Some MPs certainly considered it offensive. Irene Mathyssen (NDP, London-Fanshawe) said she was “offended” by the motion, and described it as a “slap in the face” to women. Her colleague, Sylvain Chicoine (NDP Châteauguay—Saint-Constant) said he was speaking “with great disappointment” about a motion that seeks “to break down the social peace in our country.”
Mathyssen noted that Woodworth had held a press conference earlier in the week in which he condemned the fact that the definition of human being excluded an entire class of humans – preborn children — from legal protections. Mathyssen said, “the comments by the member are a blatant attempt to misrepresent the facts. A fertilized egg is not a class of people, and I am offended that the member would … open the door to changing abortion rights in Canada.” She said M-312 was “nothing less than an attempt to reopen the abortion debate in Canada.”
Liberal MP Pacetti agreed that Woodworth’s true goal was to ban abortion: “The question, of course, is where would that slippery slope take us?” Pacetti said, “the Liberal Party does not support reopening the abortion debate, in any way.”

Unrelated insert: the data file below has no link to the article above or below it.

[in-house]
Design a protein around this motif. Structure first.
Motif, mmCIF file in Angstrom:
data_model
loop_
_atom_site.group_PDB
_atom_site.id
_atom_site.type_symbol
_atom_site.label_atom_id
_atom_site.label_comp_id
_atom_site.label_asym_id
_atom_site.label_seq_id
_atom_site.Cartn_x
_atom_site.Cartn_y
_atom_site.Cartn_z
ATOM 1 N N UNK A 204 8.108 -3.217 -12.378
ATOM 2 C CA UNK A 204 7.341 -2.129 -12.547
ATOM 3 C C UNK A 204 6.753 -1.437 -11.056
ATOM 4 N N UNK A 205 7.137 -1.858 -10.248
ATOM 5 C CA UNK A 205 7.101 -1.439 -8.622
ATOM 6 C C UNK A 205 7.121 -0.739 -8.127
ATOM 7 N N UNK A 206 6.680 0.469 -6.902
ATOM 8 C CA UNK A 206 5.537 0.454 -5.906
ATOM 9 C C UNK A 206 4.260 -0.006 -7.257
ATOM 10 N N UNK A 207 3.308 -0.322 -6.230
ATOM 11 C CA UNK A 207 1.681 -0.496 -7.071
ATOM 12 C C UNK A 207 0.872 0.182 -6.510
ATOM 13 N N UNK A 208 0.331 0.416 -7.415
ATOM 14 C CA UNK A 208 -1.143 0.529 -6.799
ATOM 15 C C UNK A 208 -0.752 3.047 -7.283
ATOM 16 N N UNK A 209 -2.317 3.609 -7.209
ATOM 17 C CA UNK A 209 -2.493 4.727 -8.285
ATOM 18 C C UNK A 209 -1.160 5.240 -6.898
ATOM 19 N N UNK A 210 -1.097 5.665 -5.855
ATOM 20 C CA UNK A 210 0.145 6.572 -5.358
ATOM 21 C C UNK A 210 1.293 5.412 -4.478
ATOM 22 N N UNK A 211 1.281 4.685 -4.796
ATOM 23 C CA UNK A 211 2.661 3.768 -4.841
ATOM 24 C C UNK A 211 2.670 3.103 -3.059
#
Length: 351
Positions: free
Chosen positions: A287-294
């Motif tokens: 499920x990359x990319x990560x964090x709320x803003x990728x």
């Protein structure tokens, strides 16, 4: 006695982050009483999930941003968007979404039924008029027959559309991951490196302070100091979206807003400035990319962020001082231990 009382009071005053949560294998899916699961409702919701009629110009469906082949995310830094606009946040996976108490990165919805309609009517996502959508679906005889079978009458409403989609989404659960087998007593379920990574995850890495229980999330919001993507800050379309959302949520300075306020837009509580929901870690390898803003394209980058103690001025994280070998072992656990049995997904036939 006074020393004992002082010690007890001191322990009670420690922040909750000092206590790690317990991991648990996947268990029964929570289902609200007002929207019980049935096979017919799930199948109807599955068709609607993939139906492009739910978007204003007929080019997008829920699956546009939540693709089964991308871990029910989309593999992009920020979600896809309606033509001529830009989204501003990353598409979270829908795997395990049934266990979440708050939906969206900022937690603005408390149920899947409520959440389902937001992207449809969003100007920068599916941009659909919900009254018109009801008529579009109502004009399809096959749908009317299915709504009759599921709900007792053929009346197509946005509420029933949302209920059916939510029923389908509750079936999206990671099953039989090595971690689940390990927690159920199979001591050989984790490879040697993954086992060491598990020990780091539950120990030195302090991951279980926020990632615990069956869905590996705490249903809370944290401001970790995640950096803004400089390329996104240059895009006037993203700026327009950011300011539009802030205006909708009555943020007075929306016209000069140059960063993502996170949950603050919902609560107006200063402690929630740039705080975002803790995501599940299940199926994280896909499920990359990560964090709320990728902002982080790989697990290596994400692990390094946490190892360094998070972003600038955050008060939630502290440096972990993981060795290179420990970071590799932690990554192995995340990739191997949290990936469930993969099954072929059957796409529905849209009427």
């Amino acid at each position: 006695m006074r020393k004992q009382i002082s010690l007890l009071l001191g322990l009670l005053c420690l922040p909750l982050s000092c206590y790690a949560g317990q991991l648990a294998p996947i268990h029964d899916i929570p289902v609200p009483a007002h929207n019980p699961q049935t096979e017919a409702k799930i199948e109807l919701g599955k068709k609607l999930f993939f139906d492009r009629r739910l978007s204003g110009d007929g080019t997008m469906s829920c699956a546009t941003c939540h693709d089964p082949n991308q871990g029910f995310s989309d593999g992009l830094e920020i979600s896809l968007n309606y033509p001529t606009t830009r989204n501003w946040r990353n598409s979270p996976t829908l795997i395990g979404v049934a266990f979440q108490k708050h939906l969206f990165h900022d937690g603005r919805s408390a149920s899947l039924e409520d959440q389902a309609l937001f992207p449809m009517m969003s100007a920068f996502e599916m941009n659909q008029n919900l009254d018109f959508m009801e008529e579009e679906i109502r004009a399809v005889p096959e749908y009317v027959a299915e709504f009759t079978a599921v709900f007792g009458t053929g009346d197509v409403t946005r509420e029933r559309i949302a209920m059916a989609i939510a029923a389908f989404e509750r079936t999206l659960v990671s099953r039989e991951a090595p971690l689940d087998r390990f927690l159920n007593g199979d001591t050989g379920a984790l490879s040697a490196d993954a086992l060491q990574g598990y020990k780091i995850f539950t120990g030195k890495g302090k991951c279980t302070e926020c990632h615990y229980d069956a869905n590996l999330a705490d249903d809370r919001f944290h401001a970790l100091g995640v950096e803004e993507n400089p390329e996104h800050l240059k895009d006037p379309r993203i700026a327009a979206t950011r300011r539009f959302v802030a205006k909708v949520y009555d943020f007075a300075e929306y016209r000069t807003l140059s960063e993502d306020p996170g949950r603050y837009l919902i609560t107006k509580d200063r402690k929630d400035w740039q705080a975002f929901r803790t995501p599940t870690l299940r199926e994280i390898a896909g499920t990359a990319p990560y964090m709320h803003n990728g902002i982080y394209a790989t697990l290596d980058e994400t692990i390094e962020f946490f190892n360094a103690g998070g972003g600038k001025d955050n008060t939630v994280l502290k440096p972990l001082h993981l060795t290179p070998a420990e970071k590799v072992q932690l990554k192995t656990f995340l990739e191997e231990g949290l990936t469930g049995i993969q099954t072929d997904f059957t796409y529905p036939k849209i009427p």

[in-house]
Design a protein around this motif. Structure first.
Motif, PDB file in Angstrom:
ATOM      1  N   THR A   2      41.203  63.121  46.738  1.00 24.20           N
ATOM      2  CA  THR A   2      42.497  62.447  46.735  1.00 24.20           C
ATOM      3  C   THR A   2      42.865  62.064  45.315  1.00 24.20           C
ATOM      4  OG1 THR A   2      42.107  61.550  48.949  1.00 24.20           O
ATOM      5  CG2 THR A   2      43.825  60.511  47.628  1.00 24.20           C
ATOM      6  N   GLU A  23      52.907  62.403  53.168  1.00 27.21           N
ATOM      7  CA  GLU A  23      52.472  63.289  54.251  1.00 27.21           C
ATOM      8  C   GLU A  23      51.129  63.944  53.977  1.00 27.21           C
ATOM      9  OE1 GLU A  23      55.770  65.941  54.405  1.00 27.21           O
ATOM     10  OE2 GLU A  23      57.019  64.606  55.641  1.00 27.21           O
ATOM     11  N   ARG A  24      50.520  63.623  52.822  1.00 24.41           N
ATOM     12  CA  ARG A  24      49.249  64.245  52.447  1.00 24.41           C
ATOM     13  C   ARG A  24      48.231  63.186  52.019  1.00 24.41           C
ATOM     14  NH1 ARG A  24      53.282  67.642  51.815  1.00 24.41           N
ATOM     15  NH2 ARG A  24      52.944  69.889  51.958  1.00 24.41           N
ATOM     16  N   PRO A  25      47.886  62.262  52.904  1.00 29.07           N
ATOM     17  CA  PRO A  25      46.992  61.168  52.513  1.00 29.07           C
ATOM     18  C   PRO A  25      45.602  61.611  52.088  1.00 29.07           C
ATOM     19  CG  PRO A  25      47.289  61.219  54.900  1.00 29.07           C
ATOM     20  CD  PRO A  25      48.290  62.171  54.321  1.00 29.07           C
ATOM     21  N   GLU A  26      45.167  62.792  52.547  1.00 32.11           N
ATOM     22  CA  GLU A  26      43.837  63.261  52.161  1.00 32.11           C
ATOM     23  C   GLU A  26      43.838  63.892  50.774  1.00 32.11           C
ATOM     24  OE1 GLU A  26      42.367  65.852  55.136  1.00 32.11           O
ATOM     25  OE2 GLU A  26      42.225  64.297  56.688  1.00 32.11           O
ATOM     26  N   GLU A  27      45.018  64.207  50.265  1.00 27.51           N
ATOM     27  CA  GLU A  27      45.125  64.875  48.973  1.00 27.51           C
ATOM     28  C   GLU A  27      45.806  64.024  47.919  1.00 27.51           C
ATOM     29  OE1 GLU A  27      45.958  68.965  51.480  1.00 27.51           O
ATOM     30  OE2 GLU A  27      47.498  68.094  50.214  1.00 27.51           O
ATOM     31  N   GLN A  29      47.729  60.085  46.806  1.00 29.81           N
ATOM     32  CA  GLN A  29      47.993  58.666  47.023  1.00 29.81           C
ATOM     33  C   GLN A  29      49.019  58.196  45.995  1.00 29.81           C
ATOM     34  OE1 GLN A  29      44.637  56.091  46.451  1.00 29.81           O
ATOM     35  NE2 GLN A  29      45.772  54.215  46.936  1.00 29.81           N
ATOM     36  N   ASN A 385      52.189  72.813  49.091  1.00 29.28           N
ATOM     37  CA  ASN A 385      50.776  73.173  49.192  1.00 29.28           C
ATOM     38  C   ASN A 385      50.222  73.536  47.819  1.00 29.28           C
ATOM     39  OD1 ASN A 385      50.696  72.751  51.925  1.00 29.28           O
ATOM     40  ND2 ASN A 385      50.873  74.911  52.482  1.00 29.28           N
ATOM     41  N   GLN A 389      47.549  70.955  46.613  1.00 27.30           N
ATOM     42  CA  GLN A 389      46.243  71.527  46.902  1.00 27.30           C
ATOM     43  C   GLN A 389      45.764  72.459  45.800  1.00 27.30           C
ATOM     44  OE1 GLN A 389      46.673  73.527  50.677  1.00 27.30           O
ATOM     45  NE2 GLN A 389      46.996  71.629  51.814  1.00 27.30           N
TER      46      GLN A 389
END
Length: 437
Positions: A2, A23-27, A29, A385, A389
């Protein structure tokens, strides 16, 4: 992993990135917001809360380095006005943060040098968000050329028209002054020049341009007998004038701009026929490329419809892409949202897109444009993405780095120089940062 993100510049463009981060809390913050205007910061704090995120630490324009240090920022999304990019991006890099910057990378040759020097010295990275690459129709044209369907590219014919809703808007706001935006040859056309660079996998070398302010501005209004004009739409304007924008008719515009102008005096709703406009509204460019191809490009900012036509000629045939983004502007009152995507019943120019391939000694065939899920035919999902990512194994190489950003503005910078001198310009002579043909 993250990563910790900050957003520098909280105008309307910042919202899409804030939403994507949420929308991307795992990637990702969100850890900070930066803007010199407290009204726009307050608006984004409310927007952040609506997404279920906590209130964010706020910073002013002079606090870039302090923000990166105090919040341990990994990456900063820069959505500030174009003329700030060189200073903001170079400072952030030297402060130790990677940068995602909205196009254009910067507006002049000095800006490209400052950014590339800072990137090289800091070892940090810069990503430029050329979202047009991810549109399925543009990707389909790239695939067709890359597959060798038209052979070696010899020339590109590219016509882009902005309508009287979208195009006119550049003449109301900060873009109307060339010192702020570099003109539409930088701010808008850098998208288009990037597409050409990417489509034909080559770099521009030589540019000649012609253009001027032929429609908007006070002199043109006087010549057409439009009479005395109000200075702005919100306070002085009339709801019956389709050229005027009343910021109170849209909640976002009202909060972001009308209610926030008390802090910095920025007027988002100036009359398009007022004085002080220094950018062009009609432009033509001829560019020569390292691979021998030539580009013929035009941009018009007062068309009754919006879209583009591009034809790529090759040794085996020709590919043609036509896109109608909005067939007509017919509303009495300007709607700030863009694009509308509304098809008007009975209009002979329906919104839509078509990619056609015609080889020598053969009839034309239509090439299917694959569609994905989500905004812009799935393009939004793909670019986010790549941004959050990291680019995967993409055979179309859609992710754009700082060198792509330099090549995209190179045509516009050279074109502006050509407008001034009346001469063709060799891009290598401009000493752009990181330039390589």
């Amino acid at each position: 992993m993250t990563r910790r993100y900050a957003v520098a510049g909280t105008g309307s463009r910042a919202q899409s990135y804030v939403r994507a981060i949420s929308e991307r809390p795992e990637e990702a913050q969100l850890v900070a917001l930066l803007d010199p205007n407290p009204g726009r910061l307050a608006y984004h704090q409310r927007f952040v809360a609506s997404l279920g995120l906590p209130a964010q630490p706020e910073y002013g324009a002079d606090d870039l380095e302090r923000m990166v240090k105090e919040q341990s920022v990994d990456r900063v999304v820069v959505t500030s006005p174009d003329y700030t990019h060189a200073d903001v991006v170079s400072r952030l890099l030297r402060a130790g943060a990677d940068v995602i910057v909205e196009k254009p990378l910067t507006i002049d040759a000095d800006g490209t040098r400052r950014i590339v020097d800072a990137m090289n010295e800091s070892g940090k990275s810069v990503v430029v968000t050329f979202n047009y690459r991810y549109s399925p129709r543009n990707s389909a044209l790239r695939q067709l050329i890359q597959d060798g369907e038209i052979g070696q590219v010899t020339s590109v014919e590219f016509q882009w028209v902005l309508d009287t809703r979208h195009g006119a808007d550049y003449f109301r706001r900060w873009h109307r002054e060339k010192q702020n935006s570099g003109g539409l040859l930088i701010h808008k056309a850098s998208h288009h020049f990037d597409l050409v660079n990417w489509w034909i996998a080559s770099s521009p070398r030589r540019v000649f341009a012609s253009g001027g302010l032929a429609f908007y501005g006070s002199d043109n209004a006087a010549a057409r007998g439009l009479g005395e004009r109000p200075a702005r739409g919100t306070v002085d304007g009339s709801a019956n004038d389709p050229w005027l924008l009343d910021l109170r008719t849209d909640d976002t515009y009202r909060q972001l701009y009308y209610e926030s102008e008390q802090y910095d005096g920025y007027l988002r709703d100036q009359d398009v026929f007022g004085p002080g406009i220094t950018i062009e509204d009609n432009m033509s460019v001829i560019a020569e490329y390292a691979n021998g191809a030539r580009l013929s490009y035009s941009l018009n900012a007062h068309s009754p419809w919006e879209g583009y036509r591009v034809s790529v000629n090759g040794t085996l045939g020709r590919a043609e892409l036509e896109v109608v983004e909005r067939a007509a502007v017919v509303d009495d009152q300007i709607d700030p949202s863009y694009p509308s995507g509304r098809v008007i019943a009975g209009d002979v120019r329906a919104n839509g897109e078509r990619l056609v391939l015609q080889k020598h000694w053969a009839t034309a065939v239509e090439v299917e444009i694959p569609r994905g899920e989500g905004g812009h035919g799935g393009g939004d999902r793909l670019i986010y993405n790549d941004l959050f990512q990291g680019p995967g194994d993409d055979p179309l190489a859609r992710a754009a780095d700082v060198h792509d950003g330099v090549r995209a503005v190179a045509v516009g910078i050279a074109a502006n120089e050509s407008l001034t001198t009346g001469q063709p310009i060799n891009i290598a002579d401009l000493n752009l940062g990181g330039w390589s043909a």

Woodworth’s has noted that his motion would not change any legislation or affect any court decision. It would be up to Parliament to act on the findings of the committee, if it chose to do so. In her statement to the House, Ambler said, “for the benefit of my colleagues on all sides of the House, I point out that the only thing Motion No. 312 does is to propose a study.”
Campaign Life Coalition issued a press release congratulating Woodworth and the three MPs who spoke in favour of his motion “for speaking in favor of having the debate” while condemning “the cowardly opponents of the motion who spoke out against having a scientific enquiry.”
CLC national president Jim Hughes said, “Motion 312 calls for parliament to evaluate an outdated 400-year-old law that denies modern scientific evidence that proves that life begins at conception.” Hughes did not mince words about M-312’s opponents: “Those who oppose this motion are anti-science, anti-debate extremists who refuse to accept modern day facts. What a bunch of Neanderthals.”
CLC national organizer Mary Ellen Douglas said, “the human being in every stage of life is deserving of basic human rights,” and “those who oppose a discussion on this fundamental issue are discriminating against a whole group of human beings based on age and development.”
The opposition leaders have all said their parties are united against M-312. Conservative Prime Minister Stephen Harper said he will vote against it and Gordon O’Connor, the chief government whip, delivered a pro-abortion speech in the spring speaking against M-312 during the first hour of debate. Most political observers consider M-312 doomed and the week before the vote Woodworth said he expected it would be defeated.